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Amazon Cloud Player

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Amazon Cloud Player has rock solid AirPlay support

The Amazon Cloud Player has rock solid AirPlay support. It’s actually better than iOS Music. It doesn’t crash. With several hours of using Cloud Player over AirPlay, it has not crashed once. There are some minor flaws. While Amazon’s Cloud Player will show the album art and track info on Apple TV, the progress bar does not work. You cannot see how long the song is or current playback time. My hunch is that this crashes AirPlay, so Amazon disabled it. Cloud Player also does not support gapless playback. While listening to ELP’s “Brain Salad Surgery”, I experienced a mildly annoying gap in the Karn Evil suite. It’s far less annoying than AirPlay crashing. Amazon Cloud Player is my go-to music app for my iPhone and iPad.

Much like iOS Music, Amazon’s Cloud Player does not have a built-in store. You can either buy MP3s online or use the convenient Amazon app.

Amazon MP3 store vs. iTunes

The Amazon app is very simplistic. It gets the job done, but it isn’t sexy. iTunes for iOS looks better. iTunes downloads sound better. Bit-for-bit, AAC’s sound slightly better than MP3’s. iTunes downloads are in the AAC format, while Amazon’s are in MP3. Some prefer MP3, as they may have an older MP3 player that doesn’t support AAC. I’ll still be buying my music from iTunes. Amazon actually has a better selection of music than iTunes. I bought one Amazon MP3 album, as it was not offered on iTunes. It sounds good to me. I may buy more from Amazon in the future. Desktop or mobile, Amazon makes it easy for Apple users to buy and listen to Amazon MP3 albums. Amazon music can also be played directly from the cloud, instead of downloading first.

Both Amazon and Apple offer cloud-based music storage solutions. They both cost the same — about $25/year. Amazon lets people store ten times as many songs — 250,000 vs. 25,000 for iTunes in the Cloud. Amazon also allows anyone to store 250 songs for free. Amazon’s backend is also much faster and more robust. In fact, companies like Netflix host their services in Amazon’s data center. Apple’s data center is pathetically slow.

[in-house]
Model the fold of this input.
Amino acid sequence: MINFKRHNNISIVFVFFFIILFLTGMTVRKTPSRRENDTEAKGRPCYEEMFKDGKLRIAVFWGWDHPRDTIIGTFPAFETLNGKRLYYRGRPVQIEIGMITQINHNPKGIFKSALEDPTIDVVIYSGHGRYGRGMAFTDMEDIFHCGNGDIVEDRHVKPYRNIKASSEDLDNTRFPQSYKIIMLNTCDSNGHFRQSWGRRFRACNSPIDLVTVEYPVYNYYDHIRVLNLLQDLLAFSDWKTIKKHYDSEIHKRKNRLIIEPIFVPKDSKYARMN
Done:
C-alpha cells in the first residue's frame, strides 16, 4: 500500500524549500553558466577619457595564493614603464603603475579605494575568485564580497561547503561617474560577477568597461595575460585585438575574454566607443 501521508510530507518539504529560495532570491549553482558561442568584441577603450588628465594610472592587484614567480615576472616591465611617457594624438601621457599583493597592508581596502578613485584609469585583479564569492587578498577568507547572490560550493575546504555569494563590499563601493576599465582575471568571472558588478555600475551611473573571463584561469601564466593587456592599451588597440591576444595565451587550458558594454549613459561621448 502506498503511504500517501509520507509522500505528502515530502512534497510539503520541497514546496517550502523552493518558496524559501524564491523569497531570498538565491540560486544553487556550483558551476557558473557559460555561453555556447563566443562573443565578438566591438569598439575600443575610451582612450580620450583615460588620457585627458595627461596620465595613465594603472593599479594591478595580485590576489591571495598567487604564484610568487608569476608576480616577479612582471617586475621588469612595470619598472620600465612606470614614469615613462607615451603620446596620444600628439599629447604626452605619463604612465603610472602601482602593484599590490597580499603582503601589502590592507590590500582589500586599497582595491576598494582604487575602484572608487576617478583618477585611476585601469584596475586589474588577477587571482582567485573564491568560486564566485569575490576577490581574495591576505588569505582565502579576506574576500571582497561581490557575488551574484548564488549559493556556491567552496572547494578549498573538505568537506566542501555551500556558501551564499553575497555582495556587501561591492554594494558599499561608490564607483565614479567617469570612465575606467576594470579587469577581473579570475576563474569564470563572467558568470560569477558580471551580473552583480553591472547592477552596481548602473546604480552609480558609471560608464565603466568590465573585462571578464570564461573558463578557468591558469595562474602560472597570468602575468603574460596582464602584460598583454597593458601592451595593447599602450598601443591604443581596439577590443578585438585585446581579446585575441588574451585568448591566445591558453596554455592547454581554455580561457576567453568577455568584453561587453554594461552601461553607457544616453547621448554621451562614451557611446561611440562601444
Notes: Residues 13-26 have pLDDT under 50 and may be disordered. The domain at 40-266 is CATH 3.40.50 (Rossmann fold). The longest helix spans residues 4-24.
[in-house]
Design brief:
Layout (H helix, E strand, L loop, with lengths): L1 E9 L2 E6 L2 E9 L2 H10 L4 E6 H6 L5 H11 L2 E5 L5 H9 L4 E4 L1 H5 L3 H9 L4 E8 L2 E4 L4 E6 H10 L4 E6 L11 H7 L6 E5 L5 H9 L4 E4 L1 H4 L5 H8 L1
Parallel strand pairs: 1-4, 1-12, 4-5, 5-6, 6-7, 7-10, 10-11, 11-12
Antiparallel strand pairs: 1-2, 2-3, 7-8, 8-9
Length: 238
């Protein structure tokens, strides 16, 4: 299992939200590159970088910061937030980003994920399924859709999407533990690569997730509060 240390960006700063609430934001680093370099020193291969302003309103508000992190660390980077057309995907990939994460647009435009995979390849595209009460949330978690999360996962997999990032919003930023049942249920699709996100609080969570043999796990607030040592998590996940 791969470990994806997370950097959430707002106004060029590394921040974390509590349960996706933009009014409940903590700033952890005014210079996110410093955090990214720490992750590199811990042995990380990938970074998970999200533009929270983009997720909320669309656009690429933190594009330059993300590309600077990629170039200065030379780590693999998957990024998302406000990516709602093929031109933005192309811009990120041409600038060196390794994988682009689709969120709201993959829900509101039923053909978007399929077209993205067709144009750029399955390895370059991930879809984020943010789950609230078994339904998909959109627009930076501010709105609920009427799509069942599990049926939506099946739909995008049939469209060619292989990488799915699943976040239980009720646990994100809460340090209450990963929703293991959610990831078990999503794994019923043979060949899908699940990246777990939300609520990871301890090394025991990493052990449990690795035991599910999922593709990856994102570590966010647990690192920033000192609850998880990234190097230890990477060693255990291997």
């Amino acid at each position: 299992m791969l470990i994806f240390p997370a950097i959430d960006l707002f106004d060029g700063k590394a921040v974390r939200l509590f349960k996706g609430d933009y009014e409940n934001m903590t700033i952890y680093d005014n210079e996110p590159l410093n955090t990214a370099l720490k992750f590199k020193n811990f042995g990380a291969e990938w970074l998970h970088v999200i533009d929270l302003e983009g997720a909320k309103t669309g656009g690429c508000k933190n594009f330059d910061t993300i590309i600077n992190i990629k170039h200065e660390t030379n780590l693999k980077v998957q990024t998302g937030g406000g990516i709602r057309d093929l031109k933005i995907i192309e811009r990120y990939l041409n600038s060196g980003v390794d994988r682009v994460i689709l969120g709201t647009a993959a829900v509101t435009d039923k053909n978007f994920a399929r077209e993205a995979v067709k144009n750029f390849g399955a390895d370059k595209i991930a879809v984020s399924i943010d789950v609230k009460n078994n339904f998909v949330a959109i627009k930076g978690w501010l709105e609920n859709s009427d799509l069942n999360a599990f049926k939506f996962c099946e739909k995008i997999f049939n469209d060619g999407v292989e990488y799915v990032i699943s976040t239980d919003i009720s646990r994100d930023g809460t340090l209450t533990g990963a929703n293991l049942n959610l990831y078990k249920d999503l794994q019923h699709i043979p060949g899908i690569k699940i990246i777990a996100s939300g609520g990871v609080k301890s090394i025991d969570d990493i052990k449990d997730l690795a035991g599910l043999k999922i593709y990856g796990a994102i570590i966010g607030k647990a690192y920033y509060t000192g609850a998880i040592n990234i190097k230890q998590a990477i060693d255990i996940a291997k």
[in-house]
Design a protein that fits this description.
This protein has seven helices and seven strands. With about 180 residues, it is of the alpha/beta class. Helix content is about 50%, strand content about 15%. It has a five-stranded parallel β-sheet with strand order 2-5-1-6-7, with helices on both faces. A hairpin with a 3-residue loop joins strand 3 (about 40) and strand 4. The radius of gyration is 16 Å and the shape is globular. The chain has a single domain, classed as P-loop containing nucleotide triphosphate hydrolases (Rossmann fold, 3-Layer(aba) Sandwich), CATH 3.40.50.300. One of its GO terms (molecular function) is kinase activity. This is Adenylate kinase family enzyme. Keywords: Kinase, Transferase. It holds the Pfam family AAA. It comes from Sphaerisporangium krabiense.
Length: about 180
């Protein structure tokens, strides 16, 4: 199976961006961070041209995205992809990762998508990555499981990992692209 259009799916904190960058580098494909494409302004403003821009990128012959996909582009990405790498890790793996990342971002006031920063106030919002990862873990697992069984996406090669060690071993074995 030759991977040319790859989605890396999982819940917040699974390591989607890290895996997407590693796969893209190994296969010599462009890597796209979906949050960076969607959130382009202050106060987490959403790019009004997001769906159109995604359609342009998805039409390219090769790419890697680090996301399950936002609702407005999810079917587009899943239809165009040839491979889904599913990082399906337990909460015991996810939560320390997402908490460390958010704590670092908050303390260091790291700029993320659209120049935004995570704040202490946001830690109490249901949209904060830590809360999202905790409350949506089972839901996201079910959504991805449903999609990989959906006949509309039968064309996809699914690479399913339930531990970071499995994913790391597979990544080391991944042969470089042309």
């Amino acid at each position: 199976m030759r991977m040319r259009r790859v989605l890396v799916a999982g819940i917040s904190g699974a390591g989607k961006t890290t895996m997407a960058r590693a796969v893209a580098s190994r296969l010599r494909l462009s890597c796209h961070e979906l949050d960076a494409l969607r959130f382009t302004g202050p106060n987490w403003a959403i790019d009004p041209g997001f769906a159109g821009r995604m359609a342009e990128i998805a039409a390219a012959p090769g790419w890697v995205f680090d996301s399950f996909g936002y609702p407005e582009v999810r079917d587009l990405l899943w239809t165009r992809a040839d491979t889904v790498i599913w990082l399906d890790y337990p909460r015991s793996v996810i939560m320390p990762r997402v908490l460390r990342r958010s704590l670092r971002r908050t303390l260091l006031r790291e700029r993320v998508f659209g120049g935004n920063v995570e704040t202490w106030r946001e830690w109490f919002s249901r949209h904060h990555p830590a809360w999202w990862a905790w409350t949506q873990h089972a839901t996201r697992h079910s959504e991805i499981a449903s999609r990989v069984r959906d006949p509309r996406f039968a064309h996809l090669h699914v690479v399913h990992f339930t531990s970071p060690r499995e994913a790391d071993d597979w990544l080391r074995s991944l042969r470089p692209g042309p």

Both Amazon and Apple offer a “match” feature. Music that you have imported from CD will be matched with a cloud version, if available. Anything else will have to be uploaded, which is a painfully slow process. Uploading is almost always much slower than downloading.

Even though MP3’s don’t sound as good as AAC’s, you can upload your iTunes AAC’s to Amazon’s cloud. If you choose to have these matched, they will be in the slightly inferior MP3 format. I don’t think most people will notice the difference. Overall, Amazon’s cloud is superior. The fact that you can store ten times as many songs is good enough reason to choose Amazon. Their robust backend clinches it. I have over 25,000 songs, so “iTunes in the Cloud” (ugh, what an awful name) would not work well for me. That said, I have no need to store my music in the cloud. Perhaps I will take Amazon up on the 250 songs stored in the cloud for free. They even have an html 5 (non-Flash) web-based player, so you can play your Amazon music pretty much anywhere.

Amazon’s cloud player has solid, flawless AirPlay support. It can play iTunes. Whether you buy iTunes or Amazon MP3s, the Amazon Cloud Player is simply a better option for playback on your iOS device. Of course, the best way to enjoy music is using an audio transmitter from your computer to stereo. However, when I just want to listen to some music quickly, I reach for my iPad and the Amazon Cloud Player. If you are tired of AirPlay crashes, use the Amazon Cloud Player. It’s rock solid.

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